Triton Algae Raises $5M to Bring First Product to Market Next Year

9/4/13Follow @bvbigelow

In the spring of 2012, when Jason Pyle announced his departure from San Diego’s Sapphire Energy, he told me he already was deeply involved with a new enterprise that was in stealth mode. Much of the work was being done in San Diego, he said, but nothing beyond that.

Today the wraps are coming off of Triton Algae Innovations; a synthetic biology startup based in San Diego that says it has closed on $5 million in Series A funding, according to a statement from the company.

The investment in Triton came from Heliae Technology Holdings, part of an industrial biotechnology company based in Gilbert, AZ, that raised $28.4 million in July to support the operation of its first commercial algae production facility. The Arizona plant is expected to begin operating this month, “supplying high value personal care and nutraceutical products to existing customers,” according to a Heliae press release in July.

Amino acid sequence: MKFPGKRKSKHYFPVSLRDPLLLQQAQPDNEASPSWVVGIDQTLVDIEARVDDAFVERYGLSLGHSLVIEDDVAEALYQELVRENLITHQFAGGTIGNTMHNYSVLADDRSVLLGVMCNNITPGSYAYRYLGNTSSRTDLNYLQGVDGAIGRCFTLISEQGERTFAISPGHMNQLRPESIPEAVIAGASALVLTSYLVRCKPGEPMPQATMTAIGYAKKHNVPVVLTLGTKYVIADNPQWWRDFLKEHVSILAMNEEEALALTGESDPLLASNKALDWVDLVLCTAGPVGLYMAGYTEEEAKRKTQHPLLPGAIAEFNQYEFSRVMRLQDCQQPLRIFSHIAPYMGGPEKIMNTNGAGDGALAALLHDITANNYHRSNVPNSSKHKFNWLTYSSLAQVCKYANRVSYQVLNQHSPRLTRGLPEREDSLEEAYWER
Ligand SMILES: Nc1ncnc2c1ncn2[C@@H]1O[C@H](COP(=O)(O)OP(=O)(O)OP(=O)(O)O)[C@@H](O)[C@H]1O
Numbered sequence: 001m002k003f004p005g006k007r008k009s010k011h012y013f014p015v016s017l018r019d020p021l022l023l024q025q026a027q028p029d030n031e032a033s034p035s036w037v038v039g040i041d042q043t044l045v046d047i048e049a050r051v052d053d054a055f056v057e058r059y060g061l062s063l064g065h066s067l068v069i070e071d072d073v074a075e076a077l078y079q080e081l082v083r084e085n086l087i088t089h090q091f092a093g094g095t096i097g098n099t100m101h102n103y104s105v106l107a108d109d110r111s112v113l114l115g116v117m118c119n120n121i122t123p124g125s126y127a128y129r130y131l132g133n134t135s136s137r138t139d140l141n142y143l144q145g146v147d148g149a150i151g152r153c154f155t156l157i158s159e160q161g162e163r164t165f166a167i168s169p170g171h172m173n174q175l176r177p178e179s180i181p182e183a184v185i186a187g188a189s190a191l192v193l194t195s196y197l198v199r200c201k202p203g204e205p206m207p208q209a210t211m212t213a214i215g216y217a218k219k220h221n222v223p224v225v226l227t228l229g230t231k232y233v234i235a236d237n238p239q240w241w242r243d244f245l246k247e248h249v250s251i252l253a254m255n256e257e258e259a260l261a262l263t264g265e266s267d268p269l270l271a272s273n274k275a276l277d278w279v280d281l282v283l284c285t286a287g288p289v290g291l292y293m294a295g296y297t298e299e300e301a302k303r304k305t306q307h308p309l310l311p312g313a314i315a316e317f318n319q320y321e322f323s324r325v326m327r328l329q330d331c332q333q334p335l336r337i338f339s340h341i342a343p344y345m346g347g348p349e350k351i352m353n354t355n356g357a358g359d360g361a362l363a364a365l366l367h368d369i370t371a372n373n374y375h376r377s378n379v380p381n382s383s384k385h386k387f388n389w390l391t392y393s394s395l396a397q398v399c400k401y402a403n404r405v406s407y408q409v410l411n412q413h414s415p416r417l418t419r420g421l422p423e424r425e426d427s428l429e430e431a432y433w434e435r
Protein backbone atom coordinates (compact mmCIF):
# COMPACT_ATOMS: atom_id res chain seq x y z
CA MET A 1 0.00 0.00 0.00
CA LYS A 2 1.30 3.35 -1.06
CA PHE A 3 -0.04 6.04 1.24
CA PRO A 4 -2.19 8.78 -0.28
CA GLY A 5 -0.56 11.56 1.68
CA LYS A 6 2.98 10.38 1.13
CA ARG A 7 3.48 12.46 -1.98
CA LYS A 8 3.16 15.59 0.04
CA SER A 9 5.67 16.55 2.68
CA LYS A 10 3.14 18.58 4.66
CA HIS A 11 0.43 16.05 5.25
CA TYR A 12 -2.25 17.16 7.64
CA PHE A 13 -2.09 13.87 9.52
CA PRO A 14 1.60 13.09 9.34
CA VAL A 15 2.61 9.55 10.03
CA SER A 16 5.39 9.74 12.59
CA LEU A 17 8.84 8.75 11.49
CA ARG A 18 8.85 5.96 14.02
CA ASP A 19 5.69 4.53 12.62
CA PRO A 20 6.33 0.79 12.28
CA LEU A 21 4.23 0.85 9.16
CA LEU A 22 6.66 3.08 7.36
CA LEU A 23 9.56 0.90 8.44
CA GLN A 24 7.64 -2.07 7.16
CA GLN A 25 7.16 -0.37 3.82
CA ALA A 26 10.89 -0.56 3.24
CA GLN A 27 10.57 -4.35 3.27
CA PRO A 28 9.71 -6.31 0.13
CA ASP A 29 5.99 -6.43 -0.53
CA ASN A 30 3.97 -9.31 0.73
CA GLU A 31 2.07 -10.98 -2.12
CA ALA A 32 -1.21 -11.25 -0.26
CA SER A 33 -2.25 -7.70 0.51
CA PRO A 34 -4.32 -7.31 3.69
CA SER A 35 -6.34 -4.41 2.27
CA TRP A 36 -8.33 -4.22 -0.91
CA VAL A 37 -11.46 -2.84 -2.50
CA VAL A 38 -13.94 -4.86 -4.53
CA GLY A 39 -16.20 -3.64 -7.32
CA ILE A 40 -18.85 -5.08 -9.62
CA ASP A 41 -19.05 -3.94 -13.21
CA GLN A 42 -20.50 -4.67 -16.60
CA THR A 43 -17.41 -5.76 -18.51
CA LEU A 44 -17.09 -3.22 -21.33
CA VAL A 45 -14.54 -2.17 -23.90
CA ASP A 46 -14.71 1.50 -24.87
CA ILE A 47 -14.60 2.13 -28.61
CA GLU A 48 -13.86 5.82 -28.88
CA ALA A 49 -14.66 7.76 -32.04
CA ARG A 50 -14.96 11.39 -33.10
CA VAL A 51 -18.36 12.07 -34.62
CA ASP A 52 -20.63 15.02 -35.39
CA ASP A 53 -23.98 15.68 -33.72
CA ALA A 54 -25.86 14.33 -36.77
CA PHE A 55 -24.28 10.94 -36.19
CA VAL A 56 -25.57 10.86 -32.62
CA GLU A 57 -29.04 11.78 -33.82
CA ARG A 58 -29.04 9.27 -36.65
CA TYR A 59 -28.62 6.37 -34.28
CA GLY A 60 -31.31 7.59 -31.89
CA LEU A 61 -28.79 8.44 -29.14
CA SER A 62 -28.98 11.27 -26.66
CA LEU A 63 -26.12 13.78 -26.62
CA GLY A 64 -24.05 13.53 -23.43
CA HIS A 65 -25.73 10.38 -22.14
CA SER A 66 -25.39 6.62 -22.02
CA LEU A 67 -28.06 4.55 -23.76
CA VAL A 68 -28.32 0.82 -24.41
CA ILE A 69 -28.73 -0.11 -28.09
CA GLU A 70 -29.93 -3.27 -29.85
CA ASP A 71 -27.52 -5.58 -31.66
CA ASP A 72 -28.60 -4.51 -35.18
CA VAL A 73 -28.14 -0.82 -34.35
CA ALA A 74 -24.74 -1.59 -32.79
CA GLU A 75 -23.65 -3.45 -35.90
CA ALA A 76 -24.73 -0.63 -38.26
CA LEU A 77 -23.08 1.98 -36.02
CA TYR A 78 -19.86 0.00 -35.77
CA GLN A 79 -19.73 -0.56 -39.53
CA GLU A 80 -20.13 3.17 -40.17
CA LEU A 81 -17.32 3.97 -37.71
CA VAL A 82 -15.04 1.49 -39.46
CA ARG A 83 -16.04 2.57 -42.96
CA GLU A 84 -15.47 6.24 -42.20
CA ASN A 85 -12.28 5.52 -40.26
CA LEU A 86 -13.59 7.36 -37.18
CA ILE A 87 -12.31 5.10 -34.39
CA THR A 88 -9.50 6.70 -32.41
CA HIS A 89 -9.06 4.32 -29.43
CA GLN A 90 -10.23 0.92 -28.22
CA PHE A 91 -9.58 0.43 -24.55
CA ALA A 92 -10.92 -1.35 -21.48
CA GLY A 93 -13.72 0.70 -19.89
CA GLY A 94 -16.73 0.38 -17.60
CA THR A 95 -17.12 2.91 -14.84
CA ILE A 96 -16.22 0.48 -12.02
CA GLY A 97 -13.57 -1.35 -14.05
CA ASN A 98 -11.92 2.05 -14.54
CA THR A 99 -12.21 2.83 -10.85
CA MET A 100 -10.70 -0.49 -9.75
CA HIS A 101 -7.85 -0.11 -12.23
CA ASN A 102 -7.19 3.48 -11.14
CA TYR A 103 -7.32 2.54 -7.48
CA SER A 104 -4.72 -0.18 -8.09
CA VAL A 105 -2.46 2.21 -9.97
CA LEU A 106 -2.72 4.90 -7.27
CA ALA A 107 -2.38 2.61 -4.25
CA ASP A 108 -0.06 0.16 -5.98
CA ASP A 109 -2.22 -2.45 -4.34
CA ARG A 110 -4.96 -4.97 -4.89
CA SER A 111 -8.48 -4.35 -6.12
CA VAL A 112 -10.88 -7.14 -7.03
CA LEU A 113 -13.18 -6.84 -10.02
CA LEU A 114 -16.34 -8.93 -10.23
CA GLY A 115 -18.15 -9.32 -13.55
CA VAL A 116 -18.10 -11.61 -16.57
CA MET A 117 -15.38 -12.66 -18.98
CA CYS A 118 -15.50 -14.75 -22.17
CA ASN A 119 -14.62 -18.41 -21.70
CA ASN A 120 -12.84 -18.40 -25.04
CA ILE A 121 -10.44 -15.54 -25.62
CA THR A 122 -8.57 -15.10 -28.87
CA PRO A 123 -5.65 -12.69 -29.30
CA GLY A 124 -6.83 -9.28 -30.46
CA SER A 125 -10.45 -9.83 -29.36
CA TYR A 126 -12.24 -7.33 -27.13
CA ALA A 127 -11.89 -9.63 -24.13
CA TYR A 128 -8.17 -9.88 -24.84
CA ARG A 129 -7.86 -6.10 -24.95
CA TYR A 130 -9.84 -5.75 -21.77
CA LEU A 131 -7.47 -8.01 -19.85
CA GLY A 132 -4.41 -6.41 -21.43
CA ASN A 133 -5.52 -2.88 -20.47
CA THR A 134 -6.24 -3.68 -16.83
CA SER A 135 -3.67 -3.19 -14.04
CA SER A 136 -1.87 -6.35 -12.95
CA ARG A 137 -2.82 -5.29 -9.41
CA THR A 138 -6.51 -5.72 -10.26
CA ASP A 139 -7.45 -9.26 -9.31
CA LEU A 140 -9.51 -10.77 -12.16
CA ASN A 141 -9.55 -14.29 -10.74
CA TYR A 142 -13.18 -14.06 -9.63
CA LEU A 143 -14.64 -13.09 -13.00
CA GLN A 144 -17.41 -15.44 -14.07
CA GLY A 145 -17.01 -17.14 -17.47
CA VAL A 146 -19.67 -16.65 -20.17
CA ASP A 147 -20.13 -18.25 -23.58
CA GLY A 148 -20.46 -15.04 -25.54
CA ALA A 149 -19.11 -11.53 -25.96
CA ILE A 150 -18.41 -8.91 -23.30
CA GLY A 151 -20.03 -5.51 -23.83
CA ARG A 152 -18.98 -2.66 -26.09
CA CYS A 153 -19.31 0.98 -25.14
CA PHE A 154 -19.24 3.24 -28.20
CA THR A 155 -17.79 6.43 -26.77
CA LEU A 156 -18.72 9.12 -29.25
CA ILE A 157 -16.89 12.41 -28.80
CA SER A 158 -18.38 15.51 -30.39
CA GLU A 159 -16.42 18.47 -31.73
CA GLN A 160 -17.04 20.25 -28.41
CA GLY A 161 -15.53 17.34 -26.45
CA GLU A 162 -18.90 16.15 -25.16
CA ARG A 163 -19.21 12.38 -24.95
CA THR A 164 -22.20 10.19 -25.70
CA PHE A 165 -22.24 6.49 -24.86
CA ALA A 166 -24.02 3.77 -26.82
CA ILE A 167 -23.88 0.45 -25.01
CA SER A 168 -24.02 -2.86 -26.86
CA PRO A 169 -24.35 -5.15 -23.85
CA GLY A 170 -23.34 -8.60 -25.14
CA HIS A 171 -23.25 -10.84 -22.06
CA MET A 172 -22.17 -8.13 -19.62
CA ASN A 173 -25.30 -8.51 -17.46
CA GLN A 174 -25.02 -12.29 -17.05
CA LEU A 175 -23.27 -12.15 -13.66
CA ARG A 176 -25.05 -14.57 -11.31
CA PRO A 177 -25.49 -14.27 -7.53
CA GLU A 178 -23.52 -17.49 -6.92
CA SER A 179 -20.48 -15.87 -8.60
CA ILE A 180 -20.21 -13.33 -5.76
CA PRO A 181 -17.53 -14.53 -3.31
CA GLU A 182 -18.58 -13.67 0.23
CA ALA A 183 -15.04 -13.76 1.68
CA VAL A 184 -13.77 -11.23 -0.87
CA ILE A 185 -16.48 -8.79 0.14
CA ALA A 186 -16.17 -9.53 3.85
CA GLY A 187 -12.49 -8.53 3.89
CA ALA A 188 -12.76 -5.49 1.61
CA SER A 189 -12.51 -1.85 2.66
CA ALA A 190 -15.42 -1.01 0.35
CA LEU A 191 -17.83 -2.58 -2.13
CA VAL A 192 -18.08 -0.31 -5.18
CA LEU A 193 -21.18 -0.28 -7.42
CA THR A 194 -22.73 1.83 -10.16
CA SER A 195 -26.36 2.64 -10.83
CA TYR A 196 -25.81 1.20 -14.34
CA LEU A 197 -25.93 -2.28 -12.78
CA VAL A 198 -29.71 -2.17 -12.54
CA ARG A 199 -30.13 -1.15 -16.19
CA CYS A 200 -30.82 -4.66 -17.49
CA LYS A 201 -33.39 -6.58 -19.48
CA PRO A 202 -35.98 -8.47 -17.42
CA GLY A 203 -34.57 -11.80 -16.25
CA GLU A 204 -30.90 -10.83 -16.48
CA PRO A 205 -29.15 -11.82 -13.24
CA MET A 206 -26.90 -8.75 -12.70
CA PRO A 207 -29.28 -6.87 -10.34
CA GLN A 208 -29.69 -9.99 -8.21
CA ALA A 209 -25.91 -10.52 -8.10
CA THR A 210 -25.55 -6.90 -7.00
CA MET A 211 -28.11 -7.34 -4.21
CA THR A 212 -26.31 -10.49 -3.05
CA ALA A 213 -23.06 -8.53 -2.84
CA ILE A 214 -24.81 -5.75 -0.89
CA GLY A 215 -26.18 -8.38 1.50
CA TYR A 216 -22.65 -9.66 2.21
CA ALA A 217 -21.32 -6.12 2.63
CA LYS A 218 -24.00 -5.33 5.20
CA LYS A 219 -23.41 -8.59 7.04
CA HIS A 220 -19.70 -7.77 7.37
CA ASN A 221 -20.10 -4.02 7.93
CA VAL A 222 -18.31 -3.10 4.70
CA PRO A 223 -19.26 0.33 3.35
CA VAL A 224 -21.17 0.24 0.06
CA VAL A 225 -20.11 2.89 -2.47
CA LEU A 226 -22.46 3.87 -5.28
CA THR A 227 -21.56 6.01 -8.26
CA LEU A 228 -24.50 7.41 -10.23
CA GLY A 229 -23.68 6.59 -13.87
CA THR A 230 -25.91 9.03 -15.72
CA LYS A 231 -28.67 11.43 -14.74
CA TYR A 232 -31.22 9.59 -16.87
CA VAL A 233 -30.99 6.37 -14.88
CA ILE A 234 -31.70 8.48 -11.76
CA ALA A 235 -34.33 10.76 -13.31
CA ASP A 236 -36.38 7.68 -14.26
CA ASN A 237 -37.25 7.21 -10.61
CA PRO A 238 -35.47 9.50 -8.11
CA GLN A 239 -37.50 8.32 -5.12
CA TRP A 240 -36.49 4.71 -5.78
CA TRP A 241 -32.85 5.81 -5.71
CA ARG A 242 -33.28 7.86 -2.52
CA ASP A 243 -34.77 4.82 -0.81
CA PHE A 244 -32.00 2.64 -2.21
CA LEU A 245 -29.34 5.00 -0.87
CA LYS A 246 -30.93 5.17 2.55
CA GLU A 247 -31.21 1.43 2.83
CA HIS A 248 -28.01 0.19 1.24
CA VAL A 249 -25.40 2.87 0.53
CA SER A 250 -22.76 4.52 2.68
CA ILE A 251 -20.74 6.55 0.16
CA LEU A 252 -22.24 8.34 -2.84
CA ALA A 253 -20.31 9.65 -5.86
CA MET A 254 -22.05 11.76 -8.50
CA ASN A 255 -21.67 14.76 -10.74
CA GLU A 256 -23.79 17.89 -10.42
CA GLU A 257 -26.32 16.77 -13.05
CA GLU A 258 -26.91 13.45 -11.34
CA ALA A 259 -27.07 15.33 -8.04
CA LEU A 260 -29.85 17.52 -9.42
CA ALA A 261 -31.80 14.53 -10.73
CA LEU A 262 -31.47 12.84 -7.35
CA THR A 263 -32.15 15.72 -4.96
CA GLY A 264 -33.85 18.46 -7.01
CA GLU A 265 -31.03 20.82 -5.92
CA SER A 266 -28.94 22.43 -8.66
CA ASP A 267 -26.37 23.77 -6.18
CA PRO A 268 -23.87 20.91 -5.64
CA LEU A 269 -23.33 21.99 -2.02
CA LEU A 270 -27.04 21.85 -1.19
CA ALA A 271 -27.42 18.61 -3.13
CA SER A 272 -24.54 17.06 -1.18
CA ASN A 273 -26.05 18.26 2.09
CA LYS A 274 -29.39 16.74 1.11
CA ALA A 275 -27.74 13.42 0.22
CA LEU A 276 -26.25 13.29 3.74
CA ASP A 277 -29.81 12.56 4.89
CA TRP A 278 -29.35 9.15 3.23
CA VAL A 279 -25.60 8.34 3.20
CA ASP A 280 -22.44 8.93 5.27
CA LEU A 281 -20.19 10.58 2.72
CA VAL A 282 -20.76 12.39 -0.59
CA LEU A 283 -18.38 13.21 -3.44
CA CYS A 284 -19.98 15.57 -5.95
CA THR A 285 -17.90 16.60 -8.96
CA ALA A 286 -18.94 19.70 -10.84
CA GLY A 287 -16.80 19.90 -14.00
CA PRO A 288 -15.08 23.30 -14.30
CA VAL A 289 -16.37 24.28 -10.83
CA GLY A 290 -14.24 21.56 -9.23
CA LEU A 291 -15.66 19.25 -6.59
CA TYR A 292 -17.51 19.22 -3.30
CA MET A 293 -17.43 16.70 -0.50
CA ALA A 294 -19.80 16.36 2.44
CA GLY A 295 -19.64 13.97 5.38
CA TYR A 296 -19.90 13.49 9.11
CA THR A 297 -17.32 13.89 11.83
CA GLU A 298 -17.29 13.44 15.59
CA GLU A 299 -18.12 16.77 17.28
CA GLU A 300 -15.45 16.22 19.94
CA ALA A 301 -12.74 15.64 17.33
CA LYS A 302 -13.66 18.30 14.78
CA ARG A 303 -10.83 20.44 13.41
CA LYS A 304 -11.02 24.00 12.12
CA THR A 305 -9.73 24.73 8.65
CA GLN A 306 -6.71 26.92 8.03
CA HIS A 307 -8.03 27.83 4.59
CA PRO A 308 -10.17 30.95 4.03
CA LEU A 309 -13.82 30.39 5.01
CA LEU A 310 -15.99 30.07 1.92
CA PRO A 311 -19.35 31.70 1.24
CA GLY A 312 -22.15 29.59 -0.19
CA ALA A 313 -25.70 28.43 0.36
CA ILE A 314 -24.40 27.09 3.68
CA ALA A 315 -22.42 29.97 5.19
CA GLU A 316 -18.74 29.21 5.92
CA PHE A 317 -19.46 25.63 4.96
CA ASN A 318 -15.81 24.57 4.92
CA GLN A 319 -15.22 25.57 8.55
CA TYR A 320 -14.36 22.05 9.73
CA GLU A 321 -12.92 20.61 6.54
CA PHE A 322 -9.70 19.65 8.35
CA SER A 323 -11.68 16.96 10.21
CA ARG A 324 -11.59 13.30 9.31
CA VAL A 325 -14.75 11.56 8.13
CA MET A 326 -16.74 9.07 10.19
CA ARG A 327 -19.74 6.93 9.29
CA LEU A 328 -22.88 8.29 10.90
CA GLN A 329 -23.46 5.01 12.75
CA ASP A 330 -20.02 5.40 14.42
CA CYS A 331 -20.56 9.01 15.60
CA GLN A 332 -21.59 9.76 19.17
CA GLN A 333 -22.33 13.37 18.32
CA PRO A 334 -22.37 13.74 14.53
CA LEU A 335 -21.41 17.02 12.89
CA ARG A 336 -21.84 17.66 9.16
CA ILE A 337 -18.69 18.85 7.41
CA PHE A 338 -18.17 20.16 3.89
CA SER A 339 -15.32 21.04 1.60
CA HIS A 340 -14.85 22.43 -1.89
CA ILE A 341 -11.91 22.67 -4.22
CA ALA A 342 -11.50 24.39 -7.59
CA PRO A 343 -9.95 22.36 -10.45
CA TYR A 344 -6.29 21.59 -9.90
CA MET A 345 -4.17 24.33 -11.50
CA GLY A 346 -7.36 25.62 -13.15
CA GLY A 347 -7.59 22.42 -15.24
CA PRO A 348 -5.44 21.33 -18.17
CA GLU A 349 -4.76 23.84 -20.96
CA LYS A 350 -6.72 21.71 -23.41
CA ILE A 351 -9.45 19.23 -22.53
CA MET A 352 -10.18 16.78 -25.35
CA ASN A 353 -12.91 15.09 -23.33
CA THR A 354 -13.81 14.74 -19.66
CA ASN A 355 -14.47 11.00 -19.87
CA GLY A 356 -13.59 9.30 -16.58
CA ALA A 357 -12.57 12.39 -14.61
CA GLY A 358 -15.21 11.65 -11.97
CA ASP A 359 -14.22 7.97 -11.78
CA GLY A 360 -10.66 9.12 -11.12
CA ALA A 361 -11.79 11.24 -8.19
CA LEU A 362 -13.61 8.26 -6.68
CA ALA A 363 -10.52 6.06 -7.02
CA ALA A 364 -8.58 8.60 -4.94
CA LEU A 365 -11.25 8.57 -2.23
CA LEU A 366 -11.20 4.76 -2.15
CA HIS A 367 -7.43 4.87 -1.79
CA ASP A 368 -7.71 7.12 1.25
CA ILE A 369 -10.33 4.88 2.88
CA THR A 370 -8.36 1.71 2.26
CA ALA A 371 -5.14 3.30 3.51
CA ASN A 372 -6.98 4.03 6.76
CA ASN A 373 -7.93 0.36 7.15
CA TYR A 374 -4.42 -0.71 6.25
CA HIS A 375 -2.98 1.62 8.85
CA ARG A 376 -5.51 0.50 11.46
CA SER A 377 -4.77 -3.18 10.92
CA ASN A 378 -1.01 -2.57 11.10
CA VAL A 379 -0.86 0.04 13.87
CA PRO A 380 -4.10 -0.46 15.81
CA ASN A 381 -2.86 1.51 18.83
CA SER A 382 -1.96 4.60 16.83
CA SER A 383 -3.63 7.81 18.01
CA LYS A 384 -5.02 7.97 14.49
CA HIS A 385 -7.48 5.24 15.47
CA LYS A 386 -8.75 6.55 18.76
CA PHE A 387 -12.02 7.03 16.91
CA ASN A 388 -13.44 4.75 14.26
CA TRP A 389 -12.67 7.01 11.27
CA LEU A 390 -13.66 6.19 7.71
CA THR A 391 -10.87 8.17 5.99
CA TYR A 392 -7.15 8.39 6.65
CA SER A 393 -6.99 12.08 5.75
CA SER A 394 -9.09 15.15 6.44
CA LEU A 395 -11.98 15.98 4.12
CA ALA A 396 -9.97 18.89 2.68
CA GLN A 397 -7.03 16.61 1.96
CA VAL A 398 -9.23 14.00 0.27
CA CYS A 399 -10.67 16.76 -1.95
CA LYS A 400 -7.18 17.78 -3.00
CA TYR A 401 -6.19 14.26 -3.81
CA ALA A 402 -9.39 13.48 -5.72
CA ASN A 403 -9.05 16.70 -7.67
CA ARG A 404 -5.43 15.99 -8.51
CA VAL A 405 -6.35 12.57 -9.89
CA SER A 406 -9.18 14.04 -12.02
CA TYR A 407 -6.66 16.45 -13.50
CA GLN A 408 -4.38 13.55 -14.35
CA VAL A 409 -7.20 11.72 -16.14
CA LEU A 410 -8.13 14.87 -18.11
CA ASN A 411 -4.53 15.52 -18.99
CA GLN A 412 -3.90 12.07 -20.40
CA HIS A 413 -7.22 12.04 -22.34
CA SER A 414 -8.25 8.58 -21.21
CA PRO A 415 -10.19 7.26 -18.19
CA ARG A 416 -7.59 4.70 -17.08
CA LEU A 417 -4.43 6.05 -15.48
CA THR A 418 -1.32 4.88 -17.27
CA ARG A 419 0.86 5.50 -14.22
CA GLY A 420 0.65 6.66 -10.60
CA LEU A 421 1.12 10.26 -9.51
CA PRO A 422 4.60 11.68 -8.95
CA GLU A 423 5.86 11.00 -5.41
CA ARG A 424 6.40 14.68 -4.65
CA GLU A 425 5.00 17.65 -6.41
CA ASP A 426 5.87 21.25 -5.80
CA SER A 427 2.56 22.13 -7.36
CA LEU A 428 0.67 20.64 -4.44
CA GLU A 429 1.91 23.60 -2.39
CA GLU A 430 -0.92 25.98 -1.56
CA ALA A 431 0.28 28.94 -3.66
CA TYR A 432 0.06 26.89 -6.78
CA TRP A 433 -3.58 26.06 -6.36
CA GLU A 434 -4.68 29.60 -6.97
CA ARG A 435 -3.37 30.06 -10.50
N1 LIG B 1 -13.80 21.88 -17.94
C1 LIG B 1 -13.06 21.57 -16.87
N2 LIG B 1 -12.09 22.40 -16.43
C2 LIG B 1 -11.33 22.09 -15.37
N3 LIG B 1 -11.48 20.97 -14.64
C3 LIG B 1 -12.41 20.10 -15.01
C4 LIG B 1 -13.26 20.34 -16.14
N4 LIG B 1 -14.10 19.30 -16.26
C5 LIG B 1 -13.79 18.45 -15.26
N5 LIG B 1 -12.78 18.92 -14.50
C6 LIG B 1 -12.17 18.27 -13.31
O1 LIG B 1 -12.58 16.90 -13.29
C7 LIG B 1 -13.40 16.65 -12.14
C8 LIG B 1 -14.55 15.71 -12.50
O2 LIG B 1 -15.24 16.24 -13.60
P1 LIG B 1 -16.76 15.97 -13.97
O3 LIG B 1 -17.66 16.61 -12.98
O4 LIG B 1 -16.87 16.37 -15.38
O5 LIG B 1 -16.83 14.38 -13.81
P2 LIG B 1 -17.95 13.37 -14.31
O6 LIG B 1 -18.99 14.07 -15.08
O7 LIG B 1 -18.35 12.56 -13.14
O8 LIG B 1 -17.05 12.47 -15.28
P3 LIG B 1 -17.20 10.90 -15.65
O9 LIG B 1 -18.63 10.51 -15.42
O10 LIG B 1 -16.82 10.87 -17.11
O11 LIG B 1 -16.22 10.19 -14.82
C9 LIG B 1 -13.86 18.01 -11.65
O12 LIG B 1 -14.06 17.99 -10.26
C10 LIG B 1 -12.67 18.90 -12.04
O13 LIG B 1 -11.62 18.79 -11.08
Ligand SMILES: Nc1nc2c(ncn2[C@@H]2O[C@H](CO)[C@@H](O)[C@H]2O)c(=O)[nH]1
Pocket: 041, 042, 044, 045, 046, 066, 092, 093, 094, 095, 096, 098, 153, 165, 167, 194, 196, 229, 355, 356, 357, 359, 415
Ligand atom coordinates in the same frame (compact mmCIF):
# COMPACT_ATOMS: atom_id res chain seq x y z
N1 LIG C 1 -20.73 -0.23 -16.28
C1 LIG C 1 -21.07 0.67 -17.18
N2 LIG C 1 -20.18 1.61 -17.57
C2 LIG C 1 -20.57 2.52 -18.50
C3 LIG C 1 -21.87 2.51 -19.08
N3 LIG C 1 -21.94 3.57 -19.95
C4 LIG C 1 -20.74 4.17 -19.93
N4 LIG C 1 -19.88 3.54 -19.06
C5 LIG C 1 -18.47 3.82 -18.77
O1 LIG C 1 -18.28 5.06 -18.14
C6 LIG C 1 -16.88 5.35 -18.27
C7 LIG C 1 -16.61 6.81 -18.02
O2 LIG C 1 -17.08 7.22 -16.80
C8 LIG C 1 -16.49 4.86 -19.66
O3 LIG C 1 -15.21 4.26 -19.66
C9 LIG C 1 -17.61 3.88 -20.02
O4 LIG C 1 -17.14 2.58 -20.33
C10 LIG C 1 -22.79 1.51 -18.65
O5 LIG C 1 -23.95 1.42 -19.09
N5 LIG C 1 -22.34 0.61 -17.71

Whether Heliae also intends to make algae-based products for Triton is unclear, as Pyle was unavailable for comment late yesterday. Triton co-founder Stephen Mayfield, who is director of the San Diego Center for Algae Biotechnology at UC San Diego (and who also was a scientific co-founder of Sapphire Energy), is in Tokyo this week and could not be reached for comment.

Triton says it has developed a synthetic biology platform that also uses algae to produce “high value” proteins. The company says it already is producing complex proteins, enzymes, and other biologics that are cost-effective and can be immediately used in agricultural, pharmaceutical, and other retail markets.

Mayfield, an expert in the genetics of algae, explained a few years ago that algae are ideal organisms for producing biotech drugs because they are relatively easy to grow, especially in comparison to other organisms like bacteria, yeast, and mammalian cells that are used to make many biotechnology drugs.

The concept is similar for both: After identifying and isolating the gene that directs cellular machinery to produce a particular therapeutic protein or antibody, scientists insert … Next Page »

Bruce V. Bigelow is the editor of Xconomy San Diego. You can e-mail him at bbigelow@xconomy.com or call (619) 669-8788 Follow @bvbigelow

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